In what it deemed a “protective action” in response to a lawsuit from Bank Leumi, New York City–based Waldman Diamond Co. and sister company Waldman Diamonds Complete both filed for Chapter 11 on June 2 in New York federal court.
A statement posted on the company’s website said it is “operating as usual” and expects to “come out of Chapter 11 stronger and more robust than before.” The filing does not affect the larger Waldman Diamond Group, headquartered in Israel, the company said. (EDITOR’S NOTE: The previous line has been corrected.)
In a letter sent out to customers, the company said that it has “arranged to continue trading and paying for all goods under normal terms, and we expect all customers to continue to honor our contracts,” adding that the company is “profitable” and enjoys an “impeccable reputation.”
The statement said the filing was in “direct response to legal action by Bank Leumi demanding immediate repayment of its long-standing rolling credit facility.”
CEO Alexander M. Waldman said in the release that after its 35-year lender announced it would stop its financing operations in the United States earlier this year, the bank has “shown no interest in the welfare and stability of its customers.”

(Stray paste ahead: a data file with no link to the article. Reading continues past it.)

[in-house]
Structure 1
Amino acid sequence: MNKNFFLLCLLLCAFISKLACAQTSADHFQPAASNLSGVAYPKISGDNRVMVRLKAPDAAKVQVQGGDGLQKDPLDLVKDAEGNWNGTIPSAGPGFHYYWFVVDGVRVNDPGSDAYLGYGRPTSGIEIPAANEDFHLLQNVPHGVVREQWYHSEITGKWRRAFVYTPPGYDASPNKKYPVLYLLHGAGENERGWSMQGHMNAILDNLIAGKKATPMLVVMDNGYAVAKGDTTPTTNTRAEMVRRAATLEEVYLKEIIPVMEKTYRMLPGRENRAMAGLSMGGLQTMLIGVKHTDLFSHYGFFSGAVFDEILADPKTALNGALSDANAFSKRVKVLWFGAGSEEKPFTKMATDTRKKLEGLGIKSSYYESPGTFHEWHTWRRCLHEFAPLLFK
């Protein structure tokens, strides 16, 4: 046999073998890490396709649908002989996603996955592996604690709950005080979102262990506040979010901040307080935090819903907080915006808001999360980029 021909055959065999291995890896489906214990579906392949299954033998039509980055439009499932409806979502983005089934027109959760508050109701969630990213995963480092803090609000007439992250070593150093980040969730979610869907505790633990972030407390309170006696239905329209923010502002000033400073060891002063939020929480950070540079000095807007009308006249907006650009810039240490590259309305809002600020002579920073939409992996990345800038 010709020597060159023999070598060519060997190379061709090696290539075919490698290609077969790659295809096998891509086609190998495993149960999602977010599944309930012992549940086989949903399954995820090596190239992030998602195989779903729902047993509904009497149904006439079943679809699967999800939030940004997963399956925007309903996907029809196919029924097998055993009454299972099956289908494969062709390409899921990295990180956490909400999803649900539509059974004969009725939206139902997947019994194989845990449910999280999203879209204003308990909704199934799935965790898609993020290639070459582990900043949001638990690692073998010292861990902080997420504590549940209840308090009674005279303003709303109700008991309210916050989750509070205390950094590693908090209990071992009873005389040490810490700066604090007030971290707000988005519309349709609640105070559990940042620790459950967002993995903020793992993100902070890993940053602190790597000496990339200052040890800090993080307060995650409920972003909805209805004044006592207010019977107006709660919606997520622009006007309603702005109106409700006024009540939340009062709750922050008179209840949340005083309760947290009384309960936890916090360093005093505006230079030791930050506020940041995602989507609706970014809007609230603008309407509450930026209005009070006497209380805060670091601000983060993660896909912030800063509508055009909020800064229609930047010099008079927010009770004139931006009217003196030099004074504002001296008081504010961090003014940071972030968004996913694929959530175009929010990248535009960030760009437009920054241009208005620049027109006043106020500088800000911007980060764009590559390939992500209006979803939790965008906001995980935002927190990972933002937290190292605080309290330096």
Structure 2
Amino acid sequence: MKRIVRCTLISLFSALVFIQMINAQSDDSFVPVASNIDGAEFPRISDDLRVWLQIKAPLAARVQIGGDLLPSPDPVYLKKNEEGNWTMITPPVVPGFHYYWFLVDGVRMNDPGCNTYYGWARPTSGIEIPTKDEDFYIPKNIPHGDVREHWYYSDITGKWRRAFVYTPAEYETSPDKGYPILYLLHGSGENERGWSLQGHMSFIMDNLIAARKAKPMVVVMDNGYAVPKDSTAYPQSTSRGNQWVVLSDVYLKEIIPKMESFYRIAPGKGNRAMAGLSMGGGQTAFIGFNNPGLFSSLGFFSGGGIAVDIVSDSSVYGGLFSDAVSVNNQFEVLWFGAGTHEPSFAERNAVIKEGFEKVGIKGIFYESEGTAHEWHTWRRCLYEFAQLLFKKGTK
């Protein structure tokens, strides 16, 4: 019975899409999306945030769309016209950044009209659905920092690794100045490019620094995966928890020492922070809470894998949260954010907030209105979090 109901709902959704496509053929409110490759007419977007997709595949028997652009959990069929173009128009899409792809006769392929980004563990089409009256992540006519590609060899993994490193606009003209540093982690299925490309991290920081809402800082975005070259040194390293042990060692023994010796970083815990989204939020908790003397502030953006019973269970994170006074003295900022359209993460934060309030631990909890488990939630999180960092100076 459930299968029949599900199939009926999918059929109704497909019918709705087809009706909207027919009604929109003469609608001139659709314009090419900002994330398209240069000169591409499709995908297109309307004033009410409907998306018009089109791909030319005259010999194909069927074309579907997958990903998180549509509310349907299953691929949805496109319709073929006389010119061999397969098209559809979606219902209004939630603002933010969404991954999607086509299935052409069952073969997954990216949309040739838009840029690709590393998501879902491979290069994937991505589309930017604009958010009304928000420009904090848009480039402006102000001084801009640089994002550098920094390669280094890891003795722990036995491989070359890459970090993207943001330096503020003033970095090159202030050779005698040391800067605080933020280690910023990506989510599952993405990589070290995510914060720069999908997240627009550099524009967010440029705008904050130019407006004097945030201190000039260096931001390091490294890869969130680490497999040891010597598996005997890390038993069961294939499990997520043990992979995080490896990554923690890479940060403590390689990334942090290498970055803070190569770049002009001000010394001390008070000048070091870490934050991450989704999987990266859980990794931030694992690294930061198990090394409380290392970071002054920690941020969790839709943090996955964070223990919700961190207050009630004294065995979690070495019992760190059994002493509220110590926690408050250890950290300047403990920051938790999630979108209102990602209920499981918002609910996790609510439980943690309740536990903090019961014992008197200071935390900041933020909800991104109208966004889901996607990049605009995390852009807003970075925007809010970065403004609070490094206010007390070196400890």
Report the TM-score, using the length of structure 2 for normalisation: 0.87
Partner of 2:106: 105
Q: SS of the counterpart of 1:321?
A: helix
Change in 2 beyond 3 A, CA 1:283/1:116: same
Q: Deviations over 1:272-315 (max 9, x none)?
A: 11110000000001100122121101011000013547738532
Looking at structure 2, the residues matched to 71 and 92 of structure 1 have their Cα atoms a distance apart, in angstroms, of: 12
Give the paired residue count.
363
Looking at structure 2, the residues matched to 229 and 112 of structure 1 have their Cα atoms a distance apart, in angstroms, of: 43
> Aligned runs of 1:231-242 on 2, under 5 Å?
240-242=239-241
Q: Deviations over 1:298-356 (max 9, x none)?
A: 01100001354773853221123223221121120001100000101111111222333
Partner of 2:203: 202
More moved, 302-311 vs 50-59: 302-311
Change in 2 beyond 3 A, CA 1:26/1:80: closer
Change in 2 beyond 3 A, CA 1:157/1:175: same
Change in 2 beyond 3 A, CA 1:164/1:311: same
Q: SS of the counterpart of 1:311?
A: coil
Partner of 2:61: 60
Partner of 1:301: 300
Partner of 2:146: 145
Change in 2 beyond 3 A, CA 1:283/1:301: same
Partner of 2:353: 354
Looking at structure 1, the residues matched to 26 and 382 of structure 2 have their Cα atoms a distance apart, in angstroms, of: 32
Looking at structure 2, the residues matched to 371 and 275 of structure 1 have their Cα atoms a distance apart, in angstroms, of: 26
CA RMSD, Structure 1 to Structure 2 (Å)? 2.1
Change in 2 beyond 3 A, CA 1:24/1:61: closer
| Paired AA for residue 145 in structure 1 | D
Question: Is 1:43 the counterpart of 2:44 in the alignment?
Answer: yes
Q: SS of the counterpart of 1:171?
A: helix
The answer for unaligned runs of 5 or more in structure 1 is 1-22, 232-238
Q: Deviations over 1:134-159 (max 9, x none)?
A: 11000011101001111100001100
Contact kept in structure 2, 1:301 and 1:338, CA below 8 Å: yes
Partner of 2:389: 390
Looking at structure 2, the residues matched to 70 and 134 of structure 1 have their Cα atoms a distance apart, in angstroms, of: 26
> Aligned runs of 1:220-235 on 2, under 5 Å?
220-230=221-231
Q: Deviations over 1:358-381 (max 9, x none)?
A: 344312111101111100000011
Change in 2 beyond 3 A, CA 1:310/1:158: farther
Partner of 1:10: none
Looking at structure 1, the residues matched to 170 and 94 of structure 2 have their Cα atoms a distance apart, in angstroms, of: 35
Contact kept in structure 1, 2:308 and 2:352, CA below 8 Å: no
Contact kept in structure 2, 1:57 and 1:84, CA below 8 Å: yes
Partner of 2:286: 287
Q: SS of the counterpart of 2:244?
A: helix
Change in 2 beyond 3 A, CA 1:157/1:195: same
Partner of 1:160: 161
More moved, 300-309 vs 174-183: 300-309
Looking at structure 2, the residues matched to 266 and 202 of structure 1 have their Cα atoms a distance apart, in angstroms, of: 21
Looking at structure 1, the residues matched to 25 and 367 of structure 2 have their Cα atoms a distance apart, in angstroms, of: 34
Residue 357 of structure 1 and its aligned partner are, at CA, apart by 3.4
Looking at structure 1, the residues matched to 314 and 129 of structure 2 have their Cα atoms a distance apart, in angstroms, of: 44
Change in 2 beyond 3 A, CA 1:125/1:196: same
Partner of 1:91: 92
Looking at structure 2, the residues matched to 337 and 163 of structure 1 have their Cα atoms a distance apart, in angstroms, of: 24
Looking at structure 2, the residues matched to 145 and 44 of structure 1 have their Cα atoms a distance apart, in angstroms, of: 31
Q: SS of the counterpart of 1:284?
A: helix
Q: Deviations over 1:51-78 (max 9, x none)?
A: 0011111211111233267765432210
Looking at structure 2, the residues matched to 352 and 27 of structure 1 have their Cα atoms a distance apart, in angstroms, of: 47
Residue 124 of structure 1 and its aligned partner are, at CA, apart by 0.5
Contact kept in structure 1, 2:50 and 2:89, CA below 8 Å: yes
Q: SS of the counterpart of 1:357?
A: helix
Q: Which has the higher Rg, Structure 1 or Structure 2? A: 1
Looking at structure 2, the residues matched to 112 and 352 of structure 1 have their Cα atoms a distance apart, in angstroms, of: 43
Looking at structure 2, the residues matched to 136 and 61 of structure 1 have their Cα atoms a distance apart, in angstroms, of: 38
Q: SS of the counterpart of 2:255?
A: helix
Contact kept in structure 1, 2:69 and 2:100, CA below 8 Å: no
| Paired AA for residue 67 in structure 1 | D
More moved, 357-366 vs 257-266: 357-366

According to an affidavit filed in federal court by Waldman, the company has realized $25 million to $30 million annual revenues and is currently profitable. In 1999, it founded diamond jewelry manufacturer Waldman Diamonds Complete. Waldman said that when Complete moved operations to India, it focused on consignment product. However, when Bank Leumi ceased financing, that made collection difficult, and Complete decided to liquidate in November.
Complete’s liquidation caused a “ripple effect in that Leumi reduced its borrowing base, thereby impacting inventory levels and sales,” the affidavit said. “Meanwhile, Leumi began making extreme demands on [Waldman] to, among other things, significantly pay down the line of credit. In fact, between December 2011 and November 2013, [the companies] were forced to pay down the obligations to Leumi in the approximate amount of $3.75 million dollars, which devastated their cash flow.”
The company said that it was engaged in negotiations with Leumi and working on securing alternate financing. However, on May 30, Bank Leumi petitioned the New York State Supreme Court to serve a temporary restraining order on the company, which came as a “complete shock” to Waldman, it said, leaving it with “no choice” but to file Chapter 11.
Bank Leumi told JCK it does not comment on individual clients.